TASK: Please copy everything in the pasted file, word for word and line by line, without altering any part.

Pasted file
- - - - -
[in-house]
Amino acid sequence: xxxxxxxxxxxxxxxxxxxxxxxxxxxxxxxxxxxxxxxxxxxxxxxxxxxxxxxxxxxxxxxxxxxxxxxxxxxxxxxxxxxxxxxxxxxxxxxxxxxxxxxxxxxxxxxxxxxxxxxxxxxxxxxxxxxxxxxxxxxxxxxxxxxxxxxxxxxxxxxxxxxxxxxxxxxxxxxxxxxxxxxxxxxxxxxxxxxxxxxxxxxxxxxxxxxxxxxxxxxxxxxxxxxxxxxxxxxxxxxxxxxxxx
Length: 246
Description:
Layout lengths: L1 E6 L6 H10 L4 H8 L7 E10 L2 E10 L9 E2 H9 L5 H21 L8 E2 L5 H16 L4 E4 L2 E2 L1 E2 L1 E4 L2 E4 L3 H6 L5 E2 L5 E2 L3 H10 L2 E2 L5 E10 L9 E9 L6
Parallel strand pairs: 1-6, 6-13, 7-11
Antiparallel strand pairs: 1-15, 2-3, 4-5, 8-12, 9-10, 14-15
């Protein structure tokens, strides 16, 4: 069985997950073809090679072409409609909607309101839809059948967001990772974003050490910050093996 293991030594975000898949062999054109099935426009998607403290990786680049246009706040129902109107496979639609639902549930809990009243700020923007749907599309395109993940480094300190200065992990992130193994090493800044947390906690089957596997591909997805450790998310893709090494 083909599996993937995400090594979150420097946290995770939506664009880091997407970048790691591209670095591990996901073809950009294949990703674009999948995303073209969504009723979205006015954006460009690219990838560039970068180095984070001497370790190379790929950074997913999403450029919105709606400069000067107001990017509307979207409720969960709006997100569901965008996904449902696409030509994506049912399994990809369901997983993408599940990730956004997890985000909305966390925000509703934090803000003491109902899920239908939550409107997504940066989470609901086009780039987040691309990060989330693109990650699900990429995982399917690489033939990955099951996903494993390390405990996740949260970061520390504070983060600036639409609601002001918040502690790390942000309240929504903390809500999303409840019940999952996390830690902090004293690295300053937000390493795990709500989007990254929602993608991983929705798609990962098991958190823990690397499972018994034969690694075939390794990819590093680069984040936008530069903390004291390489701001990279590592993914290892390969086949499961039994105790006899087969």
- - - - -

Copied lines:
[in-house]
Amino acid sequence: xxxxxxxxxxxxxxxxxxxxxxxxxxxxxxxxxxxxxxxxxxxxxxxxxxxxxxxxxxxxxxxxxxxxxxxxxxxxxxxxxxxxxxxxxxxxxxxxxxxxxxxxxxxxxxxxxxxxxxxxxxxxxxxxxxxxxxxxxxxxxxxxxxxxxxxxxxxxxxxxxxxxxxxxxxxxxxxxxxxxxxxxxxxxxxxxxxxxxxxxxxxxxxxxxxxxxxxxxxxxxxxxxxxxxxxxxxxxxxxxxxxxxx
Length: 246
Description:
Layout lengths: L1 E6 L6 H10 L4 H8 L7 E10 L2 E10 L9 E2 H9 L5 H21 L8 E2 L5 H16 L4 E4 L2 E2 L1 E2 L1 E4 L2 E4 L3 H6 L5 E2 L5 E2 L3 H10 L2 E2 L5 E10 L9 E9 L6
Parallel strand pairs: 1-6, 6-13, 7-11
Antiparallel strand pairs: 1-15, 2-3, 4-5, 8-12, 9-10, 14-15
């Protein structure tokens, strides 16, 4: 069985997950073809090679072409409609909607309101839809059948967001990772974003050490910050093996 293991030594975000898949062999054109099935426009998607403290990786680049246009706040129902109107496979639609639902549930809990009243700020923007749907599309395109993940480094300190200065992990992130193994090493800044947390906690089957596997591909997805450790998310893709090494 083909599996993937995400090594979150420097946290995770939506664009880091997407970048790691591209670095591990996901073809950009294949990703674009999948995303073209969504009723979205006015954006460009690219990838560039970068180095984070001497370790190379790929950074997913999403450029919105709606400069000067107001990017509307979207409720969960709006997100569901965008996904449902696409030509994506049912399994990809369901997983993408599940990730956004997890985000909305966390925000509703934090803000003491109902899920239908939550409107997504940066989470609901086009780039987040691309990060989330693109990650699900990429995982399917690489033939990955099951996903494993390390405990996740949260970061520390504070983060600036639409609601002001918040502690790390942000309240929504903390809500999303409840019940999952996390830690902090004293690295300053937000390493795990709500989007990254929602993608991983929705798609990962098991958190823990690397499972018994034969690694075939390794990819590093680069984040936008530069903390004291390489701001990279590592993914290892390969086949499961039994105790006899087969």